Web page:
Singapore builds a WeChat for city services

By Nurfilzah Rohaidi

Mohamed Hardi, Deputy Director of the Programmes Division at Singapore’s Municipal Services Office, on building more agile services.

Image: OneService Community/Facebook

China’s WeChat app is one of the world's most-used mobile apps this year, with over a billion monthly active users, according to Technode. Through this one multi-purpose app, people can message their friends, shop, make online payments, hail a taxi, and many more everyday tasks besides.

WeChat runs on over 2,000 such micro-services - and has inspired Singapore’s municipal services unit to rebuild its digital products, said Mohamed Hardi, Deputy Director of the Programmes Division at the Municipal Services Office (MSO), Ministry of National Development of Singapore.

“We looked at what's out there. We looked at WeChat, for example - it's actually a very proven model in China, so we actually adopted it for OneService,” he said at last week’s Innovation Labs World global summit presented by GovInsider.

Streamlining municipal services

The OneService App, launched in 2015, began as a single platform for any resident to report municipal issues without first having to figure out which government agency to go to. “What we wanted to do was to have a simple platform,” Hardi explained, but “apart from just having to look at municipal issues, this year we expanded it wider”.

The app was revamped last month to allow integration of existing government apps as micro-services that can be accessed through OneService. Micro-services are modular services that carry out one specific task - for instance, one micro-service may handle logins only, authenticating your username and password. Another micro-service may handle payments, accepting credit card information and executing the online transaction. As in WeChat’s case, micro-services allow users to do a large number of things on one app.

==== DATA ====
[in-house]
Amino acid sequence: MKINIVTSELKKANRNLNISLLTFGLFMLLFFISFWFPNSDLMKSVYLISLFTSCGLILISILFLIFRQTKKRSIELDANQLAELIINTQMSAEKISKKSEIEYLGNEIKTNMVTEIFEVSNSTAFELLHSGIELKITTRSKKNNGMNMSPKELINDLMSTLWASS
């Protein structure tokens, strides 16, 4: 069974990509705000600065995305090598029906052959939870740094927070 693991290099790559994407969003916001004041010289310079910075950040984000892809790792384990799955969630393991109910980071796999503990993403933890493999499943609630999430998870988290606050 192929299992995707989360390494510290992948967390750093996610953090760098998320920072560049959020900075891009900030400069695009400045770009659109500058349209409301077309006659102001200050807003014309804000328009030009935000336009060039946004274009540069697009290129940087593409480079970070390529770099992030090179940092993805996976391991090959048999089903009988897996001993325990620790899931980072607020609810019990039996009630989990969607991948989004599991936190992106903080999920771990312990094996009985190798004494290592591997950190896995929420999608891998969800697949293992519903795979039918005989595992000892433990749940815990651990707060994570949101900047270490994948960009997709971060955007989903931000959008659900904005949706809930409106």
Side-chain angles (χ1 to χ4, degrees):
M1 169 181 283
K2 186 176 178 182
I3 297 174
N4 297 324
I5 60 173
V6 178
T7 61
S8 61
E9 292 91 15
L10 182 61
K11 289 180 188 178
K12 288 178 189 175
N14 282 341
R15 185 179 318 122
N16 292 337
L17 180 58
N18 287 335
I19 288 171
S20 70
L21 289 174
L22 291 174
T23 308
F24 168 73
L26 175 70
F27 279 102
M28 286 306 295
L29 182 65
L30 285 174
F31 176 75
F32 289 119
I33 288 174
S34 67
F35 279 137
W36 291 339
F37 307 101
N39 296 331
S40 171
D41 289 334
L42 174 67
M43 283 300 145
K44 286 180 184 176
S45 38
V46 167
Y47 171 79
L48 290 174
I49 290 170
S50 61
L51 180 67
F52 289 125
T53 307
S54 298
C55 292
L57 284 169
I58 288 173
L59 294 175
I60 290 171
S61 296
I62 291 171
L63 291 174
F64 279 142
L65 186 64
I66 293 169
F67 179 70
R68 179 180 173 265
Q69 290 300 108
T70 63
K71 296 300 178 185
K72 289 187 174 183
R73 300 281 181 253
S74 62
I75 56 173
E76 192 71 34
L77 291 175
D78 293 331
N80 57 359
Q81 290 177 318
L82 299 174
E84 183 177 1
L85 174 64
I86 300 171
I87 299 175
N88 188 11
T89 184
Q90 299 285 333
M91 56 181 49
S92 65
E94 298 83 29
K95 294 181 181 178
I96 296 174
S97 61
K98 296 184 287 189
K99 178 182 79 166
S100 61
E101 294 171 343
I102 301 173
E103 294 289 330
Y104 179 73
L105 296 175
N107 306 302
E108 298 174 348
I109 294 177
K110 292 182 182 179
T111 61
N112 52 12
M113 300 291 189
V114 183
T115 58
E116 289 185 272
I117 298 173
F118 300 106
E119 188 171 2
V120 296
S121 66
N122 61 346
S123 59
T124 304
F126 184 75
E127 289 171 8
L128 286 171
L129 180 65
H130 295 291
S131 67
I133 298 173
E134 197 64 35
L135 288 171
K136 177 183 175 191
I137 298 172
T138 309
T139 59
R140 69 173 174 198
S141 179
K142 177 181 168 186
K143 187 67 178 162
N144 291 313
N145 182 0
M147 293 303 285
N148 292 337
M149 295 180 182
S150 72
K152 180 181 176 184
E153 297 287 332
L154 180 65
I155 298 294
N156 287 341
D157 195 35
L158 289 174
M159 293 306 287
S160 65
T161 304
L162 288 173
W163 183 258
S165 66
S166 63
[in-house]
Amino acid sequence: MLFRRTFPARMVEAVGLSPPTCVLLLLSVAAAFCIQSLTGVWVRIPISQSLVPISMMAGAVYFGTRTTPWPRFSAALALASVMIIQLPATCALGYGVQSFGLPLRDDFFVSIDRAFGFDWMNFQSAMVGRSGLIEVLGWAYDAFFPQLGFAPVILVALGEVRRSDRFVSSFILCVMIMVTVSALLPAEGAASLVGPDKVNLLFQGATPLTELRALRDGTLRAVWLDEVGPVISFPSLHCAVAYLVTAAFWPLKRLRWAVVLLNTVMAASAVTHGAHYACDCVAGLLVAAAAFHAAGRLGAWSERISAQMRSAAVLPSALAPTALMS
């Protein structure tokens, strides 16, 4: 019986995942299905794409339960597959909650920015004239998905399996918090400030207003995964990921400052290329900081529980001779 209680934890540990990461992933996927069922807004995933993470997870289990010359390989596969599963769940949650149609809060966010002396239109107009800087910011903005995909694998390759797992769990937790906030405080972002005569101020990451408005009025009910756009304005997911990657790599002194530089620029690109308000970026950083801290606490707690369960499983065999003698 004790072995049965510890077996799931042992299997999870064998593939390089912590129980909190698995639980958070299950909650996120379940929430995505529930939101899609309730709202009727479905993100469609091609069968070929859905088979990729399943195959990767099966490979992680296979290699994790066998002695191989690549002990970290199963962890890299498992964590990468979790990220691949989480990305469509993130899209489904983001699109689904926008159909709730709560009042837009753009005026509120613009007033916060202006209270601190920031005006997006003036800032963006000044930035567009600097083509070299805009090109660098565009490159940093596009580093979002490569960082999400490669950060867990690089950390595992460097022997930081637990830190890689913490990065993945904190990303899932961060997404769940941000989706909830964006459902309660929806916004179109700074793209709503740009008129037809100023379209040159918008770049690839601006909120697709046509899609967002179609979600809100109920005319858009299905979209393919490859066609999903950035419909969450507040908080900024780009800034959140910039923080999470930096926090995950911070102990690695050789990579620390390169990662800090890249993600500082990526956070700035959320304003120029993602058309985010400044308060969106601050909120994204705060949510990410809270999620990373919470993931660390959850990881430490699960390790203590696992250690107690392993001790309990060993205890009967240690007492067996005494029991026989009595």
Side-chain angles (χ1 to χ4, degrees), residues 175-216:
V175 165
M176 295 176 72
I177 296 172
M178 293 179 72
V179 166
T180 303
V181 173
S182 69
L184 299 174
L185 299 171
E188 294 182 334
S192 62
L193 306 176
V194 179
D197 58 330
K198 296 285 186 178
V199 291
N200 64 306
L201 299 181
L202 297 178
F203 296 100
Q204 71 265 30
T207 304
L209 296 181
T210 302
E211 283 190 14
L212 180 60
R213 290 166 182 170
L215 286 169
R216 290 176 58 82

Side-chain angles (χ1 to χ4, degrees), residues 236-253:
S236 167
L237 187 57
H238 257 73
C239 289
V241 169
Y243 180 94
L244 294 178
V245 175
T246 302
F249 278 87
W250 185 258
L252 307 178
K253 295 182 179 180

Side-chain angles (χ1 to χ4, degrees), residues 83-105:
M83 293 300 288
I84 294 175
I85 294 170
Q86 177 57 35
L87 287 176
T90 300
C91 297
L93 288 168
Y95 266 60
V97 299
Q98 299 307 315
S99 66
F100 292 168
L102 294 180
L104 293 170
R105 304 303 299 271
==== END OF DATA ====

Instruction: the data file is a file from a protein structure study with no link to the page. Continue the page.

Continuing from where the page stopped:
MSO’s approach moves away from the need to build individual apps. Instead, various municipal-related government services from its partner agencies can be launched on a single app, so that users do not need to toggle between multiple apps. “That’s a very good idea, and we learnt it from WeChat,” Hardi said.

This new approach allows MSO to “build on an agile basis” and launch new features faster, Hardi said. “We can add a lot of different features without having to build a new app every time.”
“We can add a lot of different features without having to build a new app every time.”
For instance, MSO has launched two new features on OneService: 'Start Parking' and 'Find Parking', with the latter currently in beta. Rather than coding a new service from scratch, the team integrated OneService with the existing Parking.SG app, and developed the new 'Find Parking' feature to enable parking transactions and provide parking information respectively.

It is more convenient for motorists to find car parks and pay for parking sessions in a single app, Hardi noted. “We can continue to add new features in the future as a micro-service by just putting the icon in front, and connecting it to a web service,” he said.

Besides parking, the next step is to elevate the app to a tool that could “engage the community”, according to Hardi - connecting volunteers, grassroots organisations, and residents; involving them in solving municipal issues; and collecting feedback on community projects that will impact their lives. “It's very important: get ideas from the residents, or citizens, get it from the industry, work with them, because they are actually the ones who are your stakeholders,” he remarked.

He believes that an agile product strategy - coupled with constant feedback from users - will help government agencies build better services. “Sometimes, what you think is good may not be the case,” Hardi concluded. “If you want to be the guy that will be successful, you need to make sure you address users’ needs.”